Oakland closer Sean Doolittle (2-2) was given a three-run lead to work with in the ninth, but only managed one out. Nick Castellanos and Alex Avila started the inning with singles. Eugenio Suarez struck out but Doolittle walked Austin Jackson — just the second walk he has issued this season — to load the bases.
Doolittle then missed the strike zone with a curveball, then hung another one over the middle of the plate. Davis didn’t make any mistakes, hitting his first career walkoff homer down the left field line.
Detroit’s rally took Anibal Sanchez off the hook — he allowed two earned runs in seven innings to extend his unbeaten streak to 10 starts.
Blaine Hardy (1-0) earned his first career victory with a scoreless top of the ninth.
Oakland starter Scott Kazmir left the game in the sixth, one pitch after appearing to grab at his hip, but Dan Otero replaced him and kept the game tied through seven innings. A team spokesperson said that Kazmir was “fine.”
Oakland broke a 1-all tie in the eighth, helped by a Tigers defensive lapse. Yoenis Cespedes led off with a routine grounder to short, but Suarez’s throw sailed well over Cabrera’s head at first. Brandon Moss followed with an RBI double into the left-center gap. Sanchez then walked Donaldson.
Joba Chamberlain entered and allowed a single to Stephen Vogt, loading the bases. Jed Lowrie made it 4-1 with a two-run single to left, but Phil Coke replaced Chamberlain and almost got out of the inning in one batter.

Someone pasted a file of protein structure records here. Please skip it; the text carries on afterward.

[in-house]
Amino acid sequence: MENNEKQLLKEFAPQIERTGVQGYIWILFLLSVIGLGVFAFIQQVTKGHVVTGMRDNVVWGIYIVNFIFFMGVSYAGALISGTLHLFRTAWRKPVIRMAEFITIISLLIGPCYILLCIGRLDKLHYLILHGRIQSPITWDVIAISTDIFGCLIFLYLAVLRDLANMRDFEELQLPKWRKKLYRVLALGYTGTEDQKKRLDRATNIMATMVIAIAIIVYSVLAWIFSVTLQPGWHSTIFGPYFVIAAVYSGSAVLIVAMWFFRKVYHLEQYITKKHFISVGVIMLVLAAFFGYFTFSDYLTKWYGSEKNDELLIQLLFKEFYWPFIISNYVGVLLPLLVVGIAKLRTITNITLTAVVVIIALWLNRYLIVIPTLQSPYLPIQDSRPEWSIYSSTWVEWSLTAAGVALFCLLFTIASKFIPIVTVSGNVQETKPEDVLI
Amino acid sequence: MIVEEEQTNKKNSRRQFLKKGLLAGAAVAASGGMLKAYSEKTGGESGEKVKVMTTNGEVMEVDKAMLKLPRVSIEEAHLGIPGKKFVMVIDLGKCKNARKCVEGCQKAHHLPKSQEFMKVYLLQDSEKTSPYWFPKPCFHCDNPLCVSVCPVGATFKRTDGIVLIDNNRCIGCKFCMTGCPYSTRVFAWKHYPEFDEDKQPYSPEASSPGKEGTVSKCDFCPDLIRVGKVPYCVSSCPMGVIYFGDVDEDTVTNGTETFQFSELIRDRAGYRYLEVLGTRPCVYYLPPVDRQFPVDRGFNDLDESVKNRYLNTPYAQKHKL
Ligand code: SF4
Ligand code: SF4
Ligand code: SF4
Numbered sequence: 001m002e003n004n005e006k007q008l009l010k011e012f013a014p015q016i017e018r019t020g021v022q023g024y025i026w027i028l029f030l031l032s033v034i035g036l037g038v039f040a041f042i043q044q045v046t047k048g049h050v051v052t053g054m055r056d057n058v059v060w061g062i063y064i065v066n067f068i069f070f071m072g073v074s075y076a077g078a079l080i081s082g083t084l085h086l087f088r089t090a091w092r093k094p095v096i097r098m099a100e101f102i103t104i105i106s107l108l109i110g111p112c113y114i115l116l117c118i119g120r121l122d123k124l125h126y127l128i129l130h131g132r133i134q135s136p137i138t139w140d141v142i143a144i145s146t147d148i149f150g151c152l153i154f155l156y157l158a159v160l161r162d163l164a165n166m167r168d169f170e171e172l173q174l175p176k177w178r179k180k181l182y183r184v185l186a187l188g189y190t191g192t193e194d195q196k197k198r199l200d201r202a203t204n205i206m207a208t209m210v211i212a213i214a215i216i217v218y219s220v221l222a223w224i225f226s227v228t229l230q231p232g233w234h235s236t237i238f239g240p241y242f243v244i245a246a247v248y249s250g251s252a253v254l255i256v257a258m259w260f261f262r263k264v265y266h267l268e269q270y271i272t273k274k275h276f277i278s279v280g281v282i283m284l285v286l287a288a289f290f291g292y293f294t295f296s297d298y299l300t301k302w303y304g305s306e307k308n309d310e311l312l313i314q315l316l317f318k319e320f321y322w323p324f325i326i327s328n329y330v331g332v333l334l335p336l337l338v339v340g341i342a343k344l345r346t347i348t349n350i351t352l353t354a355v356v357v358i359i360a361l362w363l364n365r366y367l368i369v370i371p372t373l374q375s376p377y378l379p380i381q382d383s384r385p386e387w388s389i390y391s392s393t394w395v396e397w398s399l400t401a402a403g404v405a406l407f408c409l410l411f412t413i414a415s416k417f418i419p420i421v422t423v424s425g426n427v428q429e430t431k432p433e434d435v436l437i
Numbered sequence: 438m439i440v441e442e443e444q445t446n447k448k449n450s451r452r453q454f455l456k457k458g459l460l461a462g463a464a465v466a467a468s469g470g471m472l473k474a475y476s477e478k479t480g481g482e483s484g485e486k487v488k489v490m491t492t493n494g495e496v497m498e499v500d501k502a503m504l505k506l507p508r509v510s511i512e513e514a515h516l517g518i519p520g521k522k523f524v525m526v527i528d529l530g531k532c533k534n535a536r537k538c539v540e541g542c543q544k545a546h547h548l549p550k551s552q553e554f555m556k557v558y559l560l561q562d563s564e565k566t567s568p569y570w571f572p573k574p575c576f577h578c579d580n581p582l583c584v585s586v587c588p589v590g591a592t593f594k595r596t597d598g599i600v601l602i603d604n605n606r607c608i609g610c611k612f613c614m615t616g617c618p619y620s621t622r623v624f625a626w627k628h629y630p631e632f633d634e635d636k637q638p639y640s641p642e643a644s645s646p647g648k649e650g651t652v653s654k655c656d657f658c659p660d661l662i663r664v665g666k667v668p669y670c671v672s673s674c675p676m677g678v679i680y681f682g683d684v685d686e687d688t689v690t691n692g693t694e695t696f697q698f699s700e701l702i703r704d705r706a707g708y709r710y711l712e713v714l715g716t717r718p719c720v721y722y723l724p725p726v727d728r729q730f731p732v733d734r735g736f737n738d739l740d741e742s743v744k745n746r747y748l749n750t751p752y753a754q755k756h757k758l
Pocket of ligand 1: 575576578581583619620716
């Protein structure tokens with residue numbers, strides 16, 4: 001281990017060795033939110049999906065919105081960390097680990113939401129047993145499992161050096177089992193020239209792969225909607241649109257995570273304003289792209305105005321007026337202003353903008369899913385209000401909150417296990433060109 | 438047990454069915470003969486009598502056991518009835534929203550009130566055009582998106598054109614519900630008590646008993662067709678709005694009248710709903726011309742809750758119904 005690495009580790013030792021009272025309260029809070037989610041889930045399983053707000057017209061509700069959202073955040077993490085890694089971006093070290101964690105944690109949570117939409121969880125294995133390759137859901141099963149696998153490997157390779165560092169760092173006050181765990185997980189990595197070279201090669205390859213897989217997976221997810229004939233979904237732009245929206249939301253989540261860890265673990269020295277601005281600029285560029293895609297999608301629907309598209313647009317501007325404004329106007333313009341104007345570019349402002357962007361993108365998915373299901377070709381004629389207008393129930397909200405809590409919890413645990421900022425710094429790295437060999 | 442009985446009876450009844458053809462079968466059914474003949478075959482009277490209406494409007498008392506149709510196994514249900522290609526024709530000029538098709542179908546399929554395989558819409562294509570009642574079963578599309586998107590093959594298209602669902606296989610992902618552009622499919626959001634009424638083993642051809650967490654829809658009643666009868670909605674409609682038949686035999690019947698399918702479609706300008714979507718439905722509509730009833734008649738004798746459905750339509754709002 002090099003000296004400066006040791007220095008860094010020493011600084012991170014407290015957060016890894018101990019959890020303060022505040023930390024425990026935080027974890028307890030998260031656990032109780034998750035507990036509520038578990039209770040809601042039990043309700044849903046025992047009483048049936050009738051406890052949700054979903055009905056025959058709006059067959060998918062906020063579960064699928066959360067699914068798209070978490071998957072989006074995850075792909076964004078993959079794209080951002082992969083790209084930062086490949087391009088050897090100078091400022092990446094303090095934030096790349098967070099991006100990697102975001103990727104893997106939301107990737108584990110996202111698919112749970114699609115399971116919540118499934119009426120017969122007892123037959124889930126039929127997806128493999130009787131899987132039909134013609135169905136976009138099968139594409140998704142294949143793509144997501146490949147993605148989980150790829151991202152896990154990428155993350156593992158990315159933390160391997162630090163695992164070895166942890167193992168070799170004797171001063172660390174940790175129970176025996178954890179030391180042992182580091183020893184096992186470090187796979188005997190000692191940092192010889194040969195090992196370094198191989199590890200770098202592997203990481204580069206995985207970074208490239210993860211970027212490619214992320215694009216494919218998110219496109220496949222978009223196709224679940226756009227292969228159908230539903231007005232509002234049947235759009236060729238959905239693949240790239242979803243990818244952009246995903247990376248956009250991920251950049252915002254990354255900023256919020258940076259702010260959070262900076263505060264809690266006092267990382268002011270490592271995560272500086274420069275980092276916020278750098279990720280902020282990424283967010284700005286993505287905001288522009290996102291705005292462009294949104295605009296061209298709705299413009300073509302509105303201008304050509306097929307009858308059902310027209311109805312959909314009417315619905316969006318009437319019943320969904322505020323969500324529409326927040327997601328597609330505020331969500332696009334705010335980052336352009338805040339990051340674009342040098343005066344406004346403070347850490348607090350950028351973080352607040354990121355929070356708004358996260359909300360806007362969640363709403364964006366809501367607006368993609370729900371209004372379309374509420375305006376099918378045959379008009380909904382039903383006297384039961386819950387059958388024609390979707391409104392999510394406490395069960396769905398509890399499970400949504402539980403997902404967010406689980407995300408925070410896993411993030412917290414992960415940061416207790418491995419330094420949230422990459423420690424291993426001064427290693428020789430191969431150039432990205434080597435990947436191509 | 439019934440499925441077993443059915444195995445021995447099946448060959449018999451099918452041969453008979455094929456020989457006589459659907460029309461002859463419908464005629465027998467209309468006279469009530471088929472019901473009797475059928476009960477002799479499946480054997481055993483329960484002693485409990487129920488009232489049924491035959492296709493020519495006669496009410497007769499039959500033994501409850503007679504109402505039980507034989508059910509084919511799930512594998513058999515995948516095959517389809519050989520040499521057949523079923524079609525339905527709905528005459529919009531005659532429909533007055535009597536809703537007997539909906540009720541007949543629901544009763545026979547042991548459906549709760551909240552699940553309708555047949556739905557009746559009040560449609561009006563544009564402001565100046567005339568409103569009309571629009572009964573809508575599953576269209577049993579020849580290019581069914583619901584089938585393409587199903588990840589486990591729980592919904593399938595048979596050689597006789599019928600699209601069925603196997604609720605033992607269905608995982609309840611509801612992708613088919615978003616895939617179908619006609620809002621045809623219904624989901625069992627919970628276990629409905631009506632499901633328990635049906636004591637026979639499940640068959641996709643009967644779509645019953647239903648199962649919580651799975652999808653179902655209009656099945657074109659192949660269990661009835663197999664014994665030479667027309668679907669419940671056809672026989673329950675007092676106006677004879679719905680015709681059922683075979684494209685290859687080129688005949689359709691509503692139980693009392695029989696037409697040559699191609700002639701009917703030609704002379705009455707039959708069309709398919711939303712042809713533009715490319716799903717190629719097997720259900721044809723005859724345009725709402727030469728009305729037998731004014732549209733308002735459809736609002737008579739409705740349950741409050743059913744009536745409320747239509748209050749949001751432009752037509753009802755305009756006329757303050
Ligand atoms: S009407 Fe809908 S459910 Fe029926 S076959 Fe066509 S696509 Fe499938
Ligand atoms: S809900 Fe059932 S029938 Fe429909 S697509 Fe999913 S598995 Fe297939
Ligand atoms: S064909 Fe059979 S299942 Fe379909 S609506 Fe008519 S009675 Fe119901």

Nick Castellanos grabbed Alberto Callaspo’s grounder, stepped on third and threw to Ian Kinsler at second for a double play. Kinsler relayed the ball to first, hoping for a 5-4-3 triple play, but Callaspo beat the throw.
Sanchez allowed baserunners in each of the first four innings, but was helped out by a pair of outstanding defensive plays. Suarez made a diving stop in the first to rob Donaldson of an RBI single, while Jackson dived to take a hit away from Lowrie. The Jackson play was unusual, because he has a long-standing policy of never diving for balls, because he thinks there is too much risk of a ball getting past him.
Sanchez, who struck out his 1,000th career batter in the fourth, lost his shutout in the sixth on Lowrie’s RBI single, but Miguel Cabrera tied the game in the bottom of the inning, crushing a 2-2 changeup into the Oakland bullpen beyond the left-centerfield fence.
NOTES: The Tigers honored the 1984 World Series champions before the game, with Alan Trammell, the series MVP, speaking on behalf of the team.